Ethically justified clinical strategies for promoting geriatric assent

Authors

  • John Coverdale,

    Corresponding author
    1. Menninger Department of Psychiatry & Behavioral Sciences, Baylor College of Medicine, Houston, TX, USA
    2. Center for Medical Ethics and Health Policy, Baylor College of Medicine, Houston, TX, USA
    • Menninger Department of Psychiatry and Behavioral Sciences, Baylor College of Medicine, One Baylor Plaza, MS350, Houston, TX 77030, USA.
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  • Laurence B. McCullough,

    1. Center for Medical Ethics and Health Policy, Baylor College of Medicine, Houston, TX, USA
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  • Victor Molinari,

    1. Department of Aging and Mental Health, Louis de la Parte Florida Mental Health Institute, University of South Florida, Florida, USA
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  • Richard Workman

    1. Telecare Mental Health Services, Statesville, NC, USA
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Abstract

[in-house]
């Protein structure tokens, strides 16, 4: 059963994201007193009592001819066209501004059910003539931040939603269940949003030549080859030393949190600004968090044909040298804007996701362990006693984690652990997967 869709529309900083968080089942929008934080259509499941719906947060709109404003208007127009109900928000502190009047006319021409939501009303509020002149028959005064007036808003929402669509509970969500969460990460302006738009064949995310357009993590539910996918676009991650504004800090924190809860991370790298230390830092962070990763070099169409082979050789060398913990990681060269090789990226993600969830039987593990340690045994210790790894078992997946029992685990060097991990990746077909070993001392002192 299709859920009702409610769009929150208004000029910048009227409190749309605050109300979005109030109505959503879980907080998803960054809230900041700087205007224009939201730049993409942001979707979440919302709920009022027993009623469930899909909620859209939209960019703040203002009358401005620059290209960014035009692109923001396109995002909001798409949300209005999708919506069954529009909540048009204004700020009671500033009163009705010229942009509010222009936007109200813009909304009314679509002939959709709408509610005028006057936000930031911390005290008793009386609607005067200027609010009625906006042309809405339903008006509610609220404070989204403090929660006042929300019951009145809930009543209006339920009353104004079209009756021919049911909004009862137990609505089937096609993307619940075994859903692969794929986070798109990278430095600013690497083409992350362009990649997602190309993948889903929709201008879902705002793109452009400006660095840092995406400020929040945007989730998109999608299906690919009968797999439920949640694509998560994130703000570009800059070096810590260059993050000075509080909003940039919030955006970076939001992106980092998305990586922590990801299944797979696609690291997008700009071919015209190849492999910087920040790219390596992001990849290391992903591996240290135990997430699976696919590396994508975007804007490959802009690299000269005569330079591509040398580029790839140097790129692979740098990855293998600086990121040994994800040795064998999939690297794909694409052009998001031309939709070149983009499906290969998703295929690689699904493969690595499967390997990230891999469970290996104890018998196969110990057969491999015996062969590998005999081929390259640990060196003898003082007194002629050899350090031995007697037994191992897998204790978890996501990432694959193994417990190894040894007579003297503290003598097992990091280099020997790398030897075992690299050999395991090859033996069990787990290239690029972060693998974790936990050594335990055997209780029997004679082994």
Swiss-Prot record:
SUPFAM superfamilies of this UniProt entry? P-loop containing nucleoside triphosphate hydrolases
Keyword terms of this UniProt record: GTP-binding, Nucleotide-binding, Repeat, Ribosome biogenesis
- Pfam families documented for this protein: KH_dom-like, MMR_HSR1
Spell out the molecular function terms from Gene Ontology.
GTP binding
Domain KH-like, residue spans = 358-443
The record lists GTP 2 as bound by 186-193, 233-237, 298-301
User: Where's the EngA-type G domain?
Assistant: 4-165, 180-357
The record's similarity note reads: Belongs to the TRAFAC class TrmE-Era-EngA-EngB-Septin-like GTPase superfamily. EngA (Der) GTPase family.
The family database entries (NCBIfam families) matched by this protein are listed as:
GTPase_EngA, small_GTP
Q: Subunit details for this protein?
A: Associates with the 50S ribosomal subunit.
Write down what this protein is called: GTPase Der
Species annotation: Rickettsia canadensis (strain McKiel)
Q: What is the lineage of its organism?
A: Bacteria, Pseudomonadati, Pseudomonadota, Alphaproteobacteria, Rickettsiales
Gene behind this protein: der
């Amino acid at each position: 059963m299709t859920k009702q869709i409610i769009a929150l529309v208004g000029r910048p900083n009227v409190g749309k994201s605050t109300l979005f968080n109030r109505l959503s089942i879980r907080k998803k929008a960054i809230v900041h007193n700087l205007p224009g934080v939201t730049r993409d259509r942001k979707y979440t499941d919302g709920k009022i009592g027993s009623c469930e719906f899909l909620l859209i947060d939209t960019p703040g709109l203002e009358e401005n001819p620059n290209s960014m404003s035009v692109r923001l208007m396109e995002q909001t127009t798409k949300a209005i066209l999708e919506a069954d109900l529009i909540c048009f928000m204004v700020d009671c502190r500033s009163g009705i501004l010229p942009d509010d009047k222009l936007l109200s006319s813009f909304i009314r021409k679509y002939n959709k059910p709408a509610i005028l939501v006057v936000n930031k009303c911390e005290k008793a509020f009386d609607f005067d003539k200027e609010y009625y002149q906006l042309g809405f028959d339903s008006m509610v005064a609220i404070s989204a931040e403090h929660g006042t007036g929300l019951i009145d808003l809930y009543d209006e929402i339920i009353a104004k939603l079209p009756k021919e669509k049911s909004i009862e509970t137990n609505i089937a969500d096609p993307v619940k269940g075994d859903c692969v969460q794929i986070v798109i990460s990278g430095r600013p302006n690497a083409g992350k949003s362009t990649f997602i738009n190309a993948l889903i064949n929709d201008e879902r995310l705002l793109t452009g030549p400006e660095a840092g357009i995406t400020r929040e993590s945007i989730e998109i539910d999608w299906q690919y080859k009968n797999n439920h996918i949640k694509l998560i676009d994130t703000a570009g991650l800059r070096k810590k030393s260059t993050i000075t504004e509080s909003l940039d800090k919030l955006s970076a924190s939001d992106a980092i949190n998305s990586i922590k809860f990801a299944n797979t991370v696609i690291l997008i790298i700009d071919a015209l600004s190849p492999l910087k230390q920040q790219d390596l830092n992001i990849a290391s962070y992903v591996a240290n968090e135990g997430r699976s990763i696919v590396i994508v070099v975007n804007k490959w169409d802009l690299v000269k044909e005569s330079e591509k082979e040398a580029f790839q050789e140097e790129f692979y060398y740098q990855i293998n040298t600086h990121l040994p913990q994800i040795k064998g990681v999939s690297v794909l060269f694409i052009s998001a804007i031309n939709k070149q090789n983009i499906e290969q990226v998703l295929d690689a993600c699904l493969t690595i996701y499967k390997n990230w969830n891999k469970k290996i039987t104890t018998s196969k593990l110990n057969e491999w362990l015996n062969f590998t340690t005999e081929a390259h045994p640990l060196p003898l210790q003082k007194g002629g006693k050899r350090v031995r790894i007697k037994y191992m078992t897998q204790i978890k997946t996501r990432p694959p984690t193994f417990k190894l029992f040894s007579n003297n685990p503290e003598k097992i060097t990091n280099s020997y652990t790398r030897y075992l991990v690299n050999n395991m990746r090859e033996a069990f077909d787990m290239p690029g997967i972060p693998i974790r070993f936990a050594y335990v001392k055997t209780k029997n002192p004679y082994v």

Objective

To develop ethically justified clinical strategies for promoting geriatric assent with a focus on the application of professional virtues.

Method

The concept of geriatric assent was extended to all geriatric patients incapacitated by cognitive impairments, including dementias, and practical clinical steps for promoting geriatric assent were developed.

Results

A four step-process for promoting geriatric assent is proposed by balancing the principles of beneficence and respect for autonomy within the context of the psychiatrist's virtues. These four steps include identifying the patient's long-standing values and preferences; assessing plans of care in terms of biopsychosocial safety and independence along with the patient's values and preferences; protecting remaining autonomy; and cultivating the professional virtues of steadiness, self-effacement, and self-sacrifice when making decisions that risk the patient's future health and safety.

Conclusions

In promoting geriatric assent, psychiatrists are obligated to support and directively counsel the patient's surrogate to adopt care plans that promote the patient's values and preferences to the extent possible. These clinical strategies for promoting geriatric assent should serve to enhance the patient's remaining sense of integrity and dignity. These strategies should also protect remaining health status and therefore protect remaining autonomy. Copyright © 2006 John Wiley & Sons, Ltd.

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